Intel Announces It Will Suspend Operations Russia
(Photo: Slejven Djurakovic/Unsplash)Intel has made the decision to suspend all operations in Russia as the country’s attack on Ukraine continues.
The technology giant already suspended all shipments to customers in Russia and Belarus back in early March, just days after Russian troops began their invasion of Ukraine. The suspension was accompanied by a $1.2 million relief fund via the Intel Foundation, as well as volunteer efforts from employees based in Germany, Poland, and Romania. But Intel has a Russian workforce, too, made up of about 1,200 employees. Intel says it will support these employees as it brings its Russian operations to a halt.
“Intel continues to join the global community in condemning Russia’s war against Ukraine and calling for a swift return to peace. Effective immediately, we have suspended all business operations in Russia,” the company’s release reads. “Our thoughts are with everyone who has been impacted by this war, particularly the people of Ukraine and the surrounding countries and all those around the world with family, friends and loved ones in the region.”
Intel joins a running list of over 600 companies that have pulled out of Russia, including dozens of major tech companies. Though some argue certain privately-initiated “sanctions” impact individuals more than anyone or anything else—after all, Russian citizens have already been risking their futures to protest in the streets—others think business suspensions could be vital to applying economic pressure to reconsider peace. (This isn’t to say pulling out of Russia isn’t also a good PR move, though.)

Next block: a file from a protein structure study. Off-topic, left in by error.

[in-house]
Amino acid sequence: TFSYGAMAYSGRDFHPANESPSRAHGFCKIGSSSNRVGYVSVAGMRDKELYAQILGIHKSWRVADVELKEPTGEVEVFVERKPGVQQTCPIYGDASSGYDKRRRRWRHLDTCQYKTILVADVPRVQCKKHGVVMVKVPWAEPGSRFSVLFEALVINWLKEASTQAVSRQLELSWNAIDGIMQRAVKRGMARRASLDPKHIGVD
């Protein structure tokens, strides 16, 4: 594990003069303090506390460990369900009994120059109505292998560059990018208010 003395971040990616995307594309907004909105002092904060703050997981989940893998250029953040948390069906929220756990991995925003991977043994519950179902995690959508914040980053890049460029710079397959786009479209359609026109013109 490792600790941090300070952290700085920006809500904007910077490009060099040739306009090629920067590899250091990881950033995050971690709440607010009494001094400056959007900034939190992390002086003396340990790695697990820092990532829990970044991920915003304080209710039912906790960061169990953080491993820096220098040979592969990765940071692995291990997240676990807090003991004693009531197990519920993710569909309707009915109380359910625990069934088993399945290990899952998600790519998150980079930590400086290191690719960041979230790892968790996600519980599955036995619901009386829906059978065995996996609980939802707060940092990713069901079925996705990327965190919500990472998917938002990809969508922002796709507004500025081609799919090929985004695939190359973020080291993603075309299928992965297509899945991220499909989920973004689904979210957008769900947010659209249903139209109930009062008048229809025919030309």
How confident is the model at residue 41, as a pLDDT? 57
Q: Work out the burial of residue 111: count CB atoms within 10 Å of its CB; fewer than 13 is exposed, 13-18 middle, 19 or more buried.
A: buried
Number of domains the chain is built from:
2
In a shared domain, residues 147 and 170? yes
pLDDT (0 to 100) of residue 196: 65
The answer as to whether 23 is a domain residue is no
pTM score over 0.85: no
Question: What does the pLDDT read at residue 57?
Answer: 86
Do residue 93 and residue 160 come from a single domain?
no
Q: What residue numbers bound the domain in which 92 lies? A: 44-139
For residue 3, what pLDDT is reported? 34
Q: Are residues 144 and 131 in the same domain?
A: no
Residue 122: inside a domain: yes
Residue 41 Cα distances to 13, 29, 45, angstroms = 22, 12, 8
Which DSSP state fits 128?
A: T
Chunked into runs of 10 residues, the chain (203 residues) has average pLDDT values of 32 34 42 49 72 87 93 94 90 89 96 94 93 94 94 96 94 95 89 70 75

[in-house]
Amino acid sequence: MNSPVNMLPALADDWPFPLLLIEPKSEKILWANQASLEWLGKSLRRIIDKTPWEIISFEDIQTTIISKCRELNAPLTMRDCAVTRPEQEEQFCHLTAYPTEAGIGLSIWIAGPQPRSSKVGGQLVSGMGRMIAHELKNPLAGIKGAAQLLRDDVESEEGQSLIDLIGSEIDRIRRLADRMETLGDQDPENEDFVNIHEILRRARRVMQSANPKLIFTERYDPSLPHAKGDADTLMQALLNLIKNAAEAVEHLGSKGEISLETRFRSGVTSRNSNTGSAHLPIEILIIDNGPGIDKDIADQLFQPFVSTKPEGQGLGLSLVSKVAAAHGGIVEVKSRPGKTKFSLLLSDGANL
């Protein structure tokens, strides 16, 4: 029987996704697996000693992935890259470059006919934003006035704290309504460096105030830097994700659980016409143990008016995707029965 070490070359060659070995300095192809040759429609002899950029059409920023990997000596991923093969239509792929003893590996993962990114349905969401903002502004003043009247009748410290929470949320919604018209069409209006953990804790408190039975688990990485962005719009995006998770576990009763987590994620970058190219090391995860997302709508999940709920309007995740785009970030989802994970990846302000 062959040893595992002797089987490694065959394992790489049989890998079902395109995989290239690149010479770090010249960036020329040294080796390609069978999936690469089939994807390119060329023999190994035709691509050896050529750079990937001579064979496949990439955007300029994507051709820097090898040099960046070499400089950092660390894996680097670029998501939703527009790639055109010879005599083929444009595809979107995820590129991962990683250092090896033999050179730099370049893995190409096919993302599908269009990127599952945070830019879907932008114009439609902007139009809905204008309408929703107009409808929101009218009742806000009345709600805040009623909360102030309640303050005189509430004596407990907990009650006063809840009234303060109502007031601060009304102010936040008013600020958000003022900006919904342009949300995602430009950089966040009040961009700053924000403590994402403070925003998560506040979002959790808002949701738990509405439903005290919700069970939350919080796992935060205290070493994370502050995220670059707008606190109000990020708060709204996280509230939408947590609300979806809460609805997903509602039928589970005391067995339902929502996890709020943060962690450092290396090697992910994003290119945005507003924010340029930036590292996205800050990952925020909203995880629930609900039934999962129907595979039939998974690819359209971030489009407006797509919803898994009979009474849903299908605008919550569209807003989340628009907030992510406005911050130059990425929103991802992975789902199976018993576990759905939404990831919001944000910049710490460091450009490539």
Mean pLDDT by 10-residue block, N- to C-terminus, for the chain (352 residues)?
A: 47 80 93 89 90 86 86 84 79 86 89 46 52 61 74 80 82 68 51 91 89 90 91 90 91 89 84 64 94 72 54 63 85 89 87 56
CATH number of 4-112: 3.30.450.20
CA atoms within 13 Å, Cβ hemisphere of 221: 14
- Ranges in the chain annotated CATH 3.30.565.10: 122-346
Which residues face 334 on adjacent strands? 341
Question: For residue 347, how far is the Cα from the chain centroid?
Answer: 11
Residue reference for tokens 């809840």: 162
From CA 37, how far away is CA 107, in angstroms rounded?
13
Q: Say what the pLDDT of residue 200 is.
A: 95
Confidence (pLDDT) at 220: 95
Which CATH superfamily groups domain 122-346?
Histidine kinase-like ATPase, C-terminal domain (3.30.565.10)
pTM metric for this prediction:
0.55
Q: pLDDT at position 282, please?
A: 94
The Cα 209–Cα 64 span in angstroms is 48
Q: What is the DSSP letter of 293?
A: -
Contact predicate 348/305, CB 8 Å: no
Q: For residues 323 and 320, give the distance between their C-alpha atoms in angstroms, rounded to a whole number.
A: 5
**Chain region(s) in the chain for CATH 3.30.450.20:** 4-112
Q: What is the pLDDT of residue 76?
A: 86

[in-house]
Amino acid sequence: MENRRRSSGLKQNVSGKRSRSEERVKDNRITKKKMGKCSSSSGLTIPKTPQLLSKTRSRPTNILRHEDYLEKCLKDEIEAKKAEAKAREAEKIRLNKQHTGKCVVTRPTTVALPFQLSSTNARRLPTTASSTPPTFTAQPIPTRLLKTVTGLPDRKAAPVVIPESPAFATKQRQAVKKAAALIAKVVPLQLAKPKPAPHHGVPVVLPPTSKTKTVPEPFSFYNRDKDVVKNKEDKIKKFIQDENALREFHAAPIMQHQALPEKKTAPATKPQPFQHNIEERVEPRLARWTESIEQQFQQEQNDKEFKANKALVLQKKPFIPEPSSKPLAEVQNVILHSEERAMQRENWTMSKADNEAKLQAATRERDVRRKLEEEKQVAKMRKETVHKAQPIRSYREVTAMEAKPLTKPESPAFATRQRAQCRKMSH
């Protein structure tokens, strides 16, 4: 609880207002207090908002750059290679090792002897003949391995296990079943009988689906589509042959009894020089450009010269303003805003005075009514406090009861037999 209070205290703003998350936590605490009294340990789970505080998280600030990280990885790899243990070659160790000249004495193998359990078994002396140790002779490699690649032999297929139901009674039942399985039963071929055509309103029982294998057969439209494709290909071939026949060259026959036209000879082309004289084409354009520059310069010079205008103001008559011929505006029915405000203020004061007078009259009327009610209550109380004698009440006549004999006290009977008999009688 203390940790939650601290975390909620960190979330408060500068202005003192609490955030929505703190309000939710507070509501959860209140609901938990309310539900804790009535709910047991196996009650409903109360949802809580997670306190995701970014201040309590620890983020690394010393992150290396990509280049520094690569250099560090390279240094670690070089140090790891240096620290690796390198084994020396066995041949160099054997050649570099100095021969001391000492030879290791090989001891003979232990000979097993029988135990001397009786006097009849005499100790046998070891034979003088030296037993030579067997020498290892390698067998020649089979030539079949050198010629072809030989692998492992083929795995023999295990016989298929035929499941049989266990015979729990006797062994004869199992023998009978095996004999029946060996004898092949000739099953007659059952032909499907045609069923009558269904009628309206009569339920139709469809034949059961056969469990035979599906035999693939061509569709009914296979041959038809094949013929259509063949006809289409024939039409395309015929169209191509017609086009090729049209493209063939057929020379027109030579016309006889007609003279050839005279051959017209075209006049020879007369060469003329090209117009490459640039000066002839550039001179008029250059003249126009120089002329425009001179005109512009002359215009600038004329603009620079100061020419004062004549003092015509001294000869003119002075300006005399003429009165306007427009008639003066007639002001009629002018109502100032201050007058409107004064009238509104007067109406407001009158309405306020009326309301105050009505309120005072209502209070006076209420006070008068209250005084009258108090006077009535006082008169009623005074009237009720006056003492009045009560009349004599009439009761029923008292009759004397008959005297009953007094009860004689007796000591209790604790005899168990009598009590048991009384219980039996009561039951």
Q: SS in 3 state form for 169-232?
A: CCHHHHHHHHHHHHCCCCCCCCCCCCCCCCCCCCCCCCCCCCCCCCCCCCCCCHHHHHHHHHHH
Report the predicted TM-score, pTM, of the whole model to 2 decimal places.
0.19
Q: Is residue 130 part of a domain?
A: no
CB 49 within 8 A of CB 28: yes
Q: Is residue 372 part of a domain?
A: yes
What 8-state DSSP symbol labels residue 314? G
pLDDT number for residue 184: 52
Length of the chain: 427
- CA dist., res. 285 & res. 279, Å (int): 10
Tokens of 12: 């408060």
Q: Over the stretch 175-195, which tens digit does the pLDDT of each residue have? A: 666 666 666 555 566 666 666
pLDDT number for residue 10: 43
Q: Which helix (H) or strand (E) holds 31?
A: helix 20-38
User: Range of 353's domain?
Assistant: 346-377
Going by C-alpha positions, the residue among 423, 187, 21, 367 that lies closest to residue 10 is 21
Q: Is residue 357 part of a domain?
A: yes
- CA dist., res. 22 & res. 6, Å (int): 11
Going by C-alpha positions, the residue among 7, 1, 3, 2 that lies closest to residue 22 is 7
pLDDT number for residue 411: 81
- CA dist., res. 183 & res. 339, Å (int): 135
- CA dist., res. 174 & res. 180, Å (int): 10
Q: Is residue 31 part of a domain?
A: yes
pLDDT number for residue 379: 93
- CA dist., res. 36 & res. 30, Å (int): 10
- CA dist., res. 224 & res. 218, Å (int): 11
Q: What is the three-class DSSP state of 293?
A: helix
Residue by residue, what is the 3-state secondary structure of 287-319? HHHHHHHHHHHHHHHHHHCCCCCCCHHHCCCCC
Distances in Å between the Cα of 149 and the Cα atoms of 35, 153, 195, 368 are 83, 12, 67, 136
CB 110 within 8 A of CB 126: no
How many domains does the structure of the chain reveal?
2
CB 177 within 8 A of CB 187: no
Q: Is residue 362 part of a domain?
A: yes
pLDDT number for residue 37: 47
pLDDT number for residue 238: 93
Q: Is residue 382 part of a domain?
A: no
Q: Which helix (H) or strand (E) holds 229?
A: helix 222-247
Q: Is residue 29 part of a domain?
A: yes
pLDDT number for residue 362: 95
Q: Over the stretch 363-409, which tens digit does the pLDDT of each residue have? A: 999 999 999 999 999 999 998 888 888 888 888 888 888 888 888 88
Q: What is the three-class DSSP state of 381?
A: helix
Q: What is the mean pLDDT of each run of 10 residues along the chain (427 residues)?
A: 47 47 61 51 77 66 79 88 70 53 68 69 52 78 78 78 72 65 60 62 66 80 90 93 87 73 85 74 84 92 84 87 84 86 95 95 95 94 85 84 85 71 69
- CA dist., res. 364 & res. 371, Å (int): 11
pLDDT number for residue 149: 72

Russia, meanwhile, has been working on legalizing certain forms of crime to bypass these sanctions. The country’s Ministry of Economic Development revealed last month that it’s in the process of removing legal liability for piracy as more software and entertainment companies announce they will no longer allow purchases from Russia. The Ministry is also looking at decriminalizing intellectual property crime, allowing citizens and businesses to “use the rights to an invention, utility model, industrial design in relation to computer programs, and databases” without fear of legal action. In the meantime people have been using VPNs to mask their country of origin.
With the war wrapping up its sixth week, many are warily hoping ongoing peace talks will produce change or that Russian forces will run out of steam. Ukrainian reporters say Russian troops have been told the war must end by May 9—a chilling deadline that until then is impossible to prove.
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